I originally launched my web-related service offerings in 1998, when I began providing low-level consulting services to local professionals, teaching them about the web and what they could do with it.


After securing a respectable clientele, I decided to branch out in order to offer my services to a wider audience, and I subsequently created a more public home on the web to further the cause in 2005 with the launch of a web services firm called PALSYS.


Since that time, my work has been focused not only on technical development, but also content creation; while it is easily lost behind the media-driven face of the modern web, the written (or typed) word is still the real language that powers information exchange, and I am in the business of promoting words in general.


I am now an online publisher of engaging, enjoyable content on a variety of subjects, working to fill the web with the kind of words that people want to read. My content is published on both websites that I own and those of my clients, helping them to rank well in search engines, draw new traffic, and create new subscribers.


So what is it that I can do for you, exactly? Well, besides being something of a magician with the English language, I also boast sturdy HTML, CSS and PHP skills, along with extensive experience in social media, search engine optimization, and other forms of marketing, allowing me to offer you well-rounded assistance with nearly any project, web-based or otherwise.

What Is A Sonic Boom?

What Is A Sonic Boom?

We sometimes hear terms like “supersonic” and “sonic boom” in our daily lives, but they’re often associated with product marketing or grandiose description rather than the actual phenomenon caused by breaking the so-called sound barrier.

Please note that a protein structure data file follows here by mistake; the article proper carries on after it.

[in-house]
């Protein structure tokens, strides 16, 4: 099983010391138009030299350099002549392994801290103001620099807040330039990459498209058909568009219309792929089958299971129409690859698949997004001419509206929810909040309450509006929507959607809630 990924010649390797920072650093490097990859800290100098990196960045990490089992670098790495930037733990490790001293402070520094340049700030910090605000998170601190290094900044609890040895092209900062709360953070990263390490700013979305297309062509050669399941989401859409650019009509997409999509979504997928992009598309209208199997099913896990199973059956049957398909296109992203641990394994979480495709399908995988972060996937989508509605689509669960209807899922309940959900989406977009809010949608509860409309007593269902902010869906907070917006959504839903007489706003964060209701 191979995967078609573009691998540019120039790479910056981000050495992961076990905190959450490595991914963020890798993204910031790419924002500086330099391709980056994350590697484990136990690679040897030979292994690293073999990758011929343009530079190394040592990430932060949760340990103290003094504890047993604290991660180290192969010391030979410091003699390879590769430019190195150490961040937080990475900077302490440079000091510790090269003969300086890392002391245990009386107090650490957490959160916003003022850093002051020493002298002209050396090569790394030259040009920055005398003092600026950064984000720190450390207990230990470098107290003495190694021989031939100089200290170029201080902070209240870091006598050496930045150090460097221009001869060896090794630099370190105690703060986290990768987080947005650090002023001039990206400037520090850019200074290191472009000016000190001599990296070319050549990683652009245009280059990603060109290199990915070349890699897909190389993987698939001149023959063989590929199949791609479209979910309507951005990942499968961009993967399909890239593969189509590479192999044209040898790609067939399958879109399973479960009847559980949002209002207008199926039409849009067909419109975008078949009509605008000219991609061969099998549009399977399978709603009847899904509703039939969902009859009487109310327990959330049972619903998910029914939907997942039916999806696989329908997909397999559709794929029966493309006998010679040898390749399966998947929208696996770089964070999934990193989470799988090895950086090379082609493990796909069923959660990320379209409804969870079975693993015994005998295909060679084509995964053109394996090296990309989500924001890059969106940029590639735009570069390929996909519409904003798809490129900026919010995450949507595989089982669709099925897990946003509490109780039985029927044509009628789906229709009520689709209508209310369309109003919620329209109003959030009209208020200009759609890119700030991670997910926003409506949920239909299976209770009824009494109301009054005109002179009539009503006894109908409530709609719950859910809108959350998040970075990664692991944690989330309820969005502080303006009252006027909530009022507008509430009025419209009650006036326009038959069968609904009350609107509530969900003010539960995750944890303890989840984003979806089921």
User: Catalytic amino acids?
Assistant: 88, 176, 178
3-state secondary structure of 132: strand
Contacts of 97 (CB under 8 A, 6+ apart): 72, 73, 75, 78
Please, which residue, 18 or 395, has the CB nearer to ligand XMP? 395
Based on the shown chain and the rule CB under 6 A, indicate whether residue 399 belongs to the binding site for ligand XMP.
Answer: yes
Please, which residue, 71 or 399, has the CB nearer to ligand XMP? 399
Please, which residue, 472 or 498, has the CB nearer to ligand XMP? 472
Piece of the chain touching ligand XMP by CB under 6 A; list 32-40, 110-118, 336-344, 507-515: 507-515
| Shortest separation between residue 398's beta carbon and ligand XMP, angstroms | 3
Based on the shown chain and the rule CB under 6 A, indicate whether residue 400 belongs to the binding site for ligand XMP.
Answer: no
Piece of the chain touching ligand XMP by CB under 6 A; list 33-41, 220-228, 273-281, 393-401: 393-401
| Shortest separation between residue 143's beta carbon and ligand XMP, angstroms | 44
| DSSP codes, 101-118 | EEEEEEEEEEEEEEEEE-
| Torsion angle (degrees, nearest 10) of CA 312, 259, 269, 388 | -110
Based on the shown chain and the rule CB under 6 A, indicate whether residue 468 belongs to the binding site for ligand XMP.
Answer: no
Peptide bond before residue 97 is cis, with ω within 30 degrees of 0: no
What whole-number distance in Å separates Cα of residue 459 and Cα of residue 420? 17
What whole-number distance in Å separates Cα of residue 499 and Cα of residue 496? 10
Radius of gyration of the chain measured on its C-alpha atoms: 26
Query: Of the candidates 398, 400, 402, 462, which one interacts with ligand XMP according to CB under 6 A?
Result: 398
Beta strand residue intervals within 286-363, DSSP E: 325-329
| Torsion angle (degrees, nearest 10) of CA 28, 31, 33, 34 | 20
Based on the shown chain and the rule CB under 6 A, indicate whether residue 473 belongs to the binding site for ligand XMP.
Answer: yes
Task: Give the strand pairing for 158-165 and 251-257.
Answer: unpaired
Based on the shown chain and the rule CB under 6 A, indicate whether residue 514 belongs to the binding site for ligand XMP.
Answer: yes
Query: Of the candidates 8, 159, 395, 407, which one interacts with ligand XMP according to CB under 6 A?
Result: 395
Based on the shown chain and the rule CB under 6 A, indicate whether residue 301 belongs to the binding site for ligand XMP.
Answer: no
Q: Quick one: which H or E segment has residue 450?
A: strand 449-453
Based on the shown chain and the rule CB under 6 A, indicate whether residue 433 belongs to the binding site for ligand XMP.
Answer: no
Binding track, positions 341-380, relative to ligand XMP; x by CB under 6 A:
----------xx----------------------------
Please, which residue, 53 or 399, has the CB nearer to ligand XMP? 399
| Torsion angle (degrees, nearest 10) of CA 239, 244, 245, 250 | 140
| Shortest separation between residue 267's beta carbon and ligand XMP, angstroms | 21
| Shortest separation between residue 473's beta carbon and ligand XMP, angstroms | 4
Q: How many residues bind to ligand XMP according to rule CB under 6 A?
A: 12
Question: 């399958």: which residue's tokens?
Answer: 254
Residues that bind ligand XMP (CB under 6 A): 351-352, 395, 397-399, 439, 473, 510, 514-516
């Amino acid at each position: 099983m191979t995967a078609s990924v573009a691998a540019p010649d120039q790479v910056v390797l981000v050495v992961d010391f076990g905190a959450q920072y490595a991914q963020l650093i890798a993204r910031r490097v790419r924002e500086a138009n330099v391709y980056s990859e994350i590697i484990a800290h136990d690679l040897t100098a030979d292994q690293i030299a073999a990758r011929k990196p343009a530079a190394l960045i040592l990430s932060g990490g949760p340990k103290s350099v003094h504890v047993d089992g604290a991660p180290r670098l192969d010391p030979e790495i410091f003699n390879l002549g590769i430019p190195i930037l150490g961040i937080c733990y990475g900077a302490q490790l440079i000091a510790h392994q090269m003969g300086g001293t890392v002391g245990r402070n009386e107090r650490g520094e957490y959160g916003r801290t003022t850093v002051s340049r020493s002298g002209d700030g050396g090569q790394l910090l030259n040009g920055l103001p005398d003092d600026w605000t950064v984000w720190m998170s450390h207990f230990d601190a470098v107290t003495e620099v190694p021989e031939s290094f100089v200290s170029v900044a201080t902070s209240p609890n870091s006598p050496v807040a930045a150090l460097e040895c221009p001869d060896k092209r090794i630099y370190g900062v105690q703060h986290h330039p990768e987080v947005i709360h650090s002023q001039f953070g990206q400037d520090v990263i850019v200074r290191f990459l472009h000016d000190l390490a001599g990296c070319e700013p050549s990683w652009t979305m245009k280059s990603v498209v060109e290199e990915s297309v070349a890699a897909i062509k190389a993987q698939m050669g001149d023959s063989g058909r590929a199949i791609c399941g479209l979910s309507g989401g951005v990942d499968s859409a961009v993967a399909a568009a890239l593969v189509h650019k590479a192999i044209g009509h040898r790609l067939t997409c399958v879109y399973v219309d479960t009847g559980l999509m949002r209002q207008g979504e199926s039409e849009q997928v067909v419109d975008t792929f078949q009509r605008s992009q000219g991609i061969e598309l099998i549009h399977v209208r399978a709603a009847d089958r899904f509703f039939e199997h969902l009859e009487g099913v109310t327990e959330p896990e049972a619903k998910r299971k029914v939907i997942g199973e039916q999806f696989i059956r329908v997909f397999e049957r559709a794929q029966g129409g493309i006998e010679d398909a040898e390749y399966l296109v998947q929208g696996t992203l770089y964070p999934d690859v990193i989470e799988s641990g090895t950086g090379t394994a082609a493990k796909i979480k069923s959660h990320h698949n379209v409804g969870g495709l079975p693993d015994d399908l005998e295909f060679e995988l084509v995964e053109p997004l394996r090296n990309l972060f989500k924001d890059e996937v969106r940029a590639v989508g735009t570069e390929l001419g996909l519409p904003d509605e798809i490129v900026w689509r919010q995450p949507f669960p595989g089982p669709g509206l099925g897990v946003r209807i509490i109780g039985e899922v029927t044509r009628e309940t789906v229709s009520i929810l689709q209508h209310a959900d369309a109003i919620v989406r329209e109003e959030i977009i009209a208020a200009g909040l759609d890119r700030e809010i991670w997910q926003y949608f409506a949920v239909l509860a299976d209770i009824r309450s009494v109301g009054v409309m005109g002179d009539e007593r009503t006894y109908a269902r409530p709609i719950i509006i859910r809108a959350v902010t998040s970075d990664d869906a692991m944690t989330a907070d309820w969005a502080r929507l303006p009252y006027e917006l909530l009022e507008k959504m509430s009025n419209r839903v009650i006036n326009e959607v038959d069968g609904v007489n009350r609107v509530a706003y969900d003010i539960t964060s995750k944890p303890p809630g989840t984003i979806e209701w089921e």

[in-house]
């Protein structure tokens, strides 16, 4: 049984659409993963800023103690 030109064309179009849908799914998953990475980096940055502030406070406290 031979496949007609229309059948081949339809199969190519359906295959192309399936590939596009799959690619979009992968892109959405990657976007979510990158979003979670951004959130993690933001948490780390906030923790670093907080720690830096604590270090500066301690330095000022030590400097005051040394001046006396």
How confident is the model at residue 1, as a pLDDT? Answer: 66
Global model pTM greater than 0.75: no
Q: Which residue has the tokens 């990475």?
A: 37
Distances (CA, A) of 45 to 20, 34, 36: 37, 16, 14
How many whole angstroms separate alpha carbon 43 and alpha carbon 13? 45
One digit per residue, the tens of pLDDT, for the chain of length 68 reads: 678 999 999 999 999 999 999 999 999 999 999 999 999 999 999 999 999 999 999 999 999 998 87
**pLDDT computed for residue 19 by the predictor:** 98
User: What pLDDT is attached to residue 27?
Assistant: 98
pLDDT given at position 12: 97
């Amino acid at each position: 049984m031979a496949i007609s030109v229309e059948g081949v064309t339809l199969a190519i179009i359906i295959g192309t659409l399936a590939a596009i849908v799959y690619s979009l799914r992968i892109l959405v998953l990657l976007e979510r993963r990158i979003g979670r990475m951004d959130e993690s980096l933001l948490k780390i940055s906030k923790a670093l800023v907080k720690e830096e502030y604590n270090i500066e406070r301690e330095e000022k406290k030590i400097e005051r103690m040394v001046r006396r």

If you’ve ever wondered what exactly a sonic boom is, read on for a clear and concise answer.

What is a Sonic Boom?

When an object moves through the air, whether it’s you out for a stroll or a passenger plane soaring through the sky, it pushes air ahead of it in waves, similar to those produced in water at a ship’s passing. When such an object moves faster than the speed of sound – about 1,200 kilometers (750 miles) per hour at normal atmospheric pressure at sea level – the pressure waves that it is pushing ahead of itself necessarily compact ahead of it, producing shock waves which then begin to travel behind it.

As these shock waves release their pressure, the effect reaches our ears and is interpreted as the booming of rushing, condensed air – a sonic boom. As the object continues to fly through the atmosphere at speeds exceeding that of sound, it will continue to leave shock waves, and thus sonic booms, in its path.

What Does a Sonic Boom Look Like?

As you can see in the photograph above, there is also a visual phenomenon associated with a sonic boom. Appearing as a vertical, flattened cloud, this extraordinary sight appears courtesy of water vapor, but the “why” of the cloud is the more interesting topic.

While theories abound, the one most accepted postulates that, when a plane reaches supersonic speed, the sudden drop in air pressure associated with the crunching of sound waves causes the surrounding atmospheric moisture to suddenly condense into water droplets, forming a strange portal-like cloud around the plane itself.

Chris
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